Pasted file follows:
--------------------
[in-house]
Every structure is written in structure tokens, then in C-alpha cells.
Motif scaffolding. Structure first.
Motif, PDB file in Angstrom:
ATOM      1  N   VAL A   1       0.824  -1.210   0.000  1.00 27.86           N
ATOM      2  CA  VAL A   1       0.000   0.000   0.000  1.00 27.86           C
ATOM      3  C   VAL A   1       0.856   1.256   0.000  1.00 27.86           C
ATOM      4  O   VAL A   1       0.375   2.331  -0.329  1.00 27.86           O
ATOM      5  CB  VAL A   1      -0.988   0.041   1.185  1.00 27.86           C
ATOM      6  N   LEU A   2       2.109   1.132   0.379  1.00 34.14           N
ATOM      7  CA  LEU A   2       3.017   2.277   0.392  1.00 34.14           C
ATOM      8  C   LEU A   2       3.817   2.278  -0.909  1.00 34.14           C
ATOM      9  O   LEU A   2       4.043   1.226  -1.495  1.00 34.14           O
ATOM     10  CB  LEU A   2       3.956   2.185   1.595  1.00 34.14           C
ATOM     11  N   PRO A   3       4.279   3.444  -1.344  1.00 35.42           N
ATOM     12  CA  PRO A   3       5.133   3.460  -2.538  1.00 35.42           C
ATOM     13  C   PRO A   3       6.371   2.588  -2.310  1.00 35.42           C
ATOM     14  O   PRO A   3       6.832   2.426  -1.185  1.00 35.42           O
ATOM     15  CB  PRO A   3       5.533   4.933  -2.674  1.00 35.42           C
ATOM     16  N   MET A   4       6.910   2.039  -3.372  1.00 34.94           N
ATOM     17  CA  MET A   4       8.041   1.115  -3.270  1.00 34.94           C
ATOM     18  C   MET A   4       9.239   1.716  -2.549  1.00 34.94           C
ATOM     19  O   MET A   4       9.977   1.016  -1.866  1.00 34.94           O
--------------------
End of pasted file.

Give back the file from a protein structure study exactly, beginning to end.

[in-house]
Every structure is written in structure tokens, then in C-alpha cells.
Motif scaffolding. Structure first.
Motif, PDB file in Angstrom:
ATOM      1  N   VAL A   1       0.824  -1.210   0.000  1.00 27.86           N
ATOM      2  CA  VAL A   1       0.000   0.000   0.000  1.00 27.86           C
ATOM      3  C   VAL A   1       0.856   1.256   0.000  1.00 27.86           C
ATOM      4  O   VAL A   1       0.375   2.331  -0.329  1.00 27.86           O
ATOM      5  CB  VAL A   1      -0.988   0.041   1.185  1.00 27.86           C
ATOM      6  N   LEU A   2       2.109   1.132   0.379  1.00 34.14           N
ATOM      7  CA  LEU A   2       3.017   2.277   0.392  1.00 34.14           C
ATOM      8  C   LEU A   2       3.817   2.278  -0.909  1.00 34.14           C
ATOM      9  O   LEU A   2       4.043   1.226  -1.495  1.00 34.14           O
ATOM     10  CB  LEU A   2       3.956   2.185   1.595  1.00 34.14           C
ATOM     11  N   PRO A   3       4.279   3.444  -1.344  1.00 35.42           N
ATOM     12  CA  PRO A   3       5.133   3.460  -2.538  1.00 35.42           C
ATOM     13  C   PRO A   3       6.371   2.588  -2.310  1.00 35.42           C
ATOM     14  O   PRO A   3       6.832   2.426  -1.185  1.00 35.42           O
ATOM     15  CB  PRO A   3       5.533   4.933  -2.674  1.00 35.42           C
ATOM     16  N   MET A   4       6.910   2.039  -3.372  1.00 34.94           N
ATOM     17  CA  MET A   4       8.041   1.115  -3.270  1.00 34.94           C
ATOM     18  C   MET A   4       9.239   1.716  -2.549  1.00 34.94           C
ATOM     19  O   MET A   4       9.977   1.016  -1.866  1.00 34.94           O